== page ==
Owner-player relations in Major League Baseball were bad far before they reached their boiling point in 1994. It was during the great strike of ’94 that baseball lost its World Series, and the trust of many fans, for the first time in ninety years.
The strike of 1994 was inevitable due to the rocky relations between the union and the ‘Lords’.
The players had been worked over by the owners on many occasions. The testy relationship can date back to the days of collusion. Under Commissioner Peter Ueberroth’s control, the MLB owners made a pact to not sign free agents without notifying one another. This effectively downsized the free agent contracts signed that year. This is just one example of the owners and players having an all but smooth relationship.
Relations amongst the owners even began to deteriorate as they fought over revenue-sharing. The ‘have-nots’, or small market teams, in baseball were fighting to get a piece of the television contracts owned by the large market teams. In general, baseball was in panic mode as the 1994 season began to wind down.
With the faxed-in signatures of 26 of the 28 MLB owners, baseball officially went on strike. The main reason being that the owners were pushing for a salary cap and the players, rightfully so, stood their ground.
The players didn’t want to be caught in the same predicament as NFL players. Due to the NFL’s salary cap veteran players were just a piece of property. Phil Simms was abruptly cut by the New York Giants after he was told his 2.5 million dollar salary wouldn’t fit under the team’s salary cap.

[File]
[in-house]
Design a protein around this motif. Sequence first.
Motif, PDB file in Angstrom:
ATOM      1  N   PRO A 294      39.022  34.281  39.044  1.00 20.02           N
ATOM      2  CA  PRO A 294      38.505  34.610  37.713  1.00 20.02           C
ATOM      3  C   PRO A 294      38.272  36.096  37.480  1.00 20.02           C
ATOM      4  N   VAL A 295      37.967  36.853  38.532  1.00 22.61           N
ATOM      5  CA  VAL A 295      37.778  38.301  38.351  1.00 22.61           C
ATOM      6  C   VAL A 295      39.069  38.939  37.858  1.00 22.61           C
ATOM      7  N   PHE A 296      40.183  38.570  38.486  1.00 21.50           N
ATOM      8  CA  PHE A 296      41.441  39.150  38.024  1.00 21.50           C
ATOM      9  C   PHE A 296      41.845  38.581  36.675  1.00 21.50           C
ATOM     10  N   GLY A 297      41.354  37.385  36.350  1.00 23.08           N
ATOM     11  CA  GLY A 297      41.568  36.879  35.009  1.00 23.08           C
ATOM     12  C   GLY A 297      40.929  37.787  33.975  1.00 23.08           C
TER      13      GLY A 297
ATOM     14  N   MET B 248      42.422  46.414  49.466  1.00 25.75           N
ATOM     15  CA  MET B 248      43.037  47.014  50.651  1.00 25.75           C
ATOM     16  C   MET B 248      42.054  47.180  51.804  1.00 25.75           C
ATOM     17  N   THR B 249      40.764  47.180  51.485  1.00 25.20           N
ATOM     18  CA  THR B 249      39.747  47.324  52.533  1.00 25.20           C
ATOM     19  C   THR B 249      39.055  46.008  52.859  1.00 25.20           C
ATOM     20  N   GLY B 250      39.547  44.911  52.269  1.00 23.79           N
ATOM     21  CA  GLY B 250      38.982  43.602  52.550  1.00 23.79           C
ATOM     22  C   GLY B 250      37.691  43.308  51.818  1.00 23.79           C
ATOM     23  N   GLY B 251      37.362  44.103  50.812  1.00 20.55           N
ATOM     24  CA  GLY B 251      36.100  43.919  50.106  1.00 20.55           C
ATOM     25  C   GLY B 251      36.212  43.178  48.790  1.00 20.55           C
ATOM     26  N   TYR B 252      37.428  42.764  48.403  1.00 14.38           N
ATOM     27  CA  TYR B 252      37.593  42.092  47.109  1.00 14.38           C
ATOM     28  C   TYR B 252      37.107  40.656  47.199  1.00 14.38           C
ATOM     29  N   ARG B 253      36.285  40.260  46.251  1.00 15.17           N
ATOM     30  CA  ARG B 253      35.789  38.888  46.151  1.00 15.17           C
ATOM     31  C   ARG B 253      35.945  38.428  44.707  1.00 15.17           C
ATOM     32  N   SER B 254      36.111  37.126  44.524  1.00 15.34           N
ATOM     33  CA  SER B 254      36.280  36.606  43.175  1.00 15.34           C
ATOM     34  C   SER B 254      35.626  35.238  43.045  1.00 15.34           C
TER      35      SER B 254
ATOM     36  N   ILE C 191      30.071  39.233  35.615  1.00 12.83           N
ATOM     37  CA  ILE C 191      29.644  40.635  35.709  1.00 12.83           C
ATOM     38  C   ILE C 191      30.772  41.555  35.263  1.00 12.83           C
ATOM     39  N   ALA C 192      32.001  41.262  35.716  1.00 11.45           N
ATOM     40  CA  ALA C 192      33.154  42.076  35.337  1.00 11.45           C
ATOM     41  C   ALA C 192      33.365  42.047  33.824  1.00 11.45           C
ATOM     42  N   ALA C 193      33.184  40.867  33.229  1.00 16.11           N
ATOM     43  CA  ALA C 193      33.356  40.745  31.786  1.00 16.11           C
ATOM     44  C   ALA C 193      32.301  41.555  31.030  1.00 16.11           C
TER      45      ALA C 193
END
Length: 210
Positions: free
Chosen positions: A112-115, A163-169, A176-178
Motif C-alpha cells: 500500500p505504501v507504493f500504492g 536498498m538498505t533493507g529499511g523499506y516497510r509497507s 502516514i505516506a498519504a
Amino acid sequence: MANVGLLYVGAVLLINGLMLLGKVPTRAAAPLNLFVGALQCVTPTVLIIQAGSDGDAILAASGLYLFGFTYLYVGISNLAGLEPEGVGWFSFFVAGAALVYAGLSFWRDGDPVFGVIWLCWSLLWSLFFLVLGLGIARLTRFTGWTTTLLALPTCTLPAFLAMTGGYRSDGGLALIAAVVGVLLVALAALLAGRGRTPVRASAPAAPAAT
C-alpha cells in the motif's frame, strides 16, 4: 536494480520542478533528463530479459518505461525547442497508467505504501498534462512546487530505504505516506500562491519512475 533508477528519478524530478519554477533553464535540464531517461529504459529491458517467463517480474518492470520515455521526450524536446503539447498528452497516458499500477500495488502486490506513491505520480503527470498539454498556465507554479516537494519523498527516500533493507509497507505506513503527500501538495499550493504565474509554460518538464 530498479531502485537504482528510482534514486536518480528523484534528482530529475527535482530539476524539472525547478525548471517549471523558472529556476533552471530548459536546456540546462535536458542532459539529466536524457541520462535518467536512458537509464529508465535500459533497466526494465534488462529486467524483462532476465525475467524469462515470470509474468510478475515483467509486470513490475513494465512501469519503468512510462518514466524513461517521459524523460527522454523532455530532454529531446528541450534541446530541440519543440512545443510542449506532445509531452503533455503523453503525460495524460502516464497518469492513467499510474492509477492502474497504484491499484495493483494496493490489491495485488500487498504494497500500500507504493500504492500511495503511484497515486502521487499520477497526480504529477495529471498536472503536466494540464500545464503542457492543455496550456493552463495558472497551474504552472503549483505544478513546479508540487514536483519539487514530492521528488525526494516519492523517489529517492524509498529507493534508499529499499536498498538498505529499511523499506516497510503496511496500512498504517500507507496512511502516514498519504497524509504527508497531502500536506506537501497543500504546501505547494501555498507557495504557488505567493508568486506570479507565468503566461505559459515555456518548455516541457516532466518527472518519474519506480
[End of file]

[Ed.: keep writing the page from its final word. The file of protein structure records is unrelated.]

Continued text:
The players had seen their salaries and contracts tinkered with all the way back to the days of the reserve clause and collusion, they weren’t about sign on with the Lord’s salary cap idea.
The owners did attempt to keep the season going without a salary cap. They proposed the idea to the union of a luxury tax. This graduated luxury tax would tax those teams who were a certain percentage (20 percent and above) above the average payroll.
While this would have effectively avoided the salary cap, it could have very well had the same results to the players. The larger market teams would be hesitant to sign that big name free agent knowing that they would be taxed up to 75 percent for their spending.
This would have driven down player’s salaries once again as teams wouldn’t be as willing to outbid each other, in fear of getting taxed. This is why union leader Don Fehr shot down the idea.
The players even tried to compromise with the greedy owners. They offered a plan that would tax the sixteen richest clubs at 1.5 percent each. This would generate around 50 million dollars for the small-market teams. The Lord’s own plan derived 70 million dollars for the have-nots. The Lord’s shot it down.
This was the last straw for the union. “We made a good offer,” union lawyer Lauren Rich said in Lords of the Realm. “If you want something from us that gives you a substantial deterrent to signing players, you don’t get it.”
And with that, baseball gave up on the 1994 season, a season that had potential for record-breaking greatness. But, due to the Lord’s unwillingness to compromise, selfishness, and greed, baseball fans were left with a bitter taste in their mouth as a major blow was suffered to the national pastime.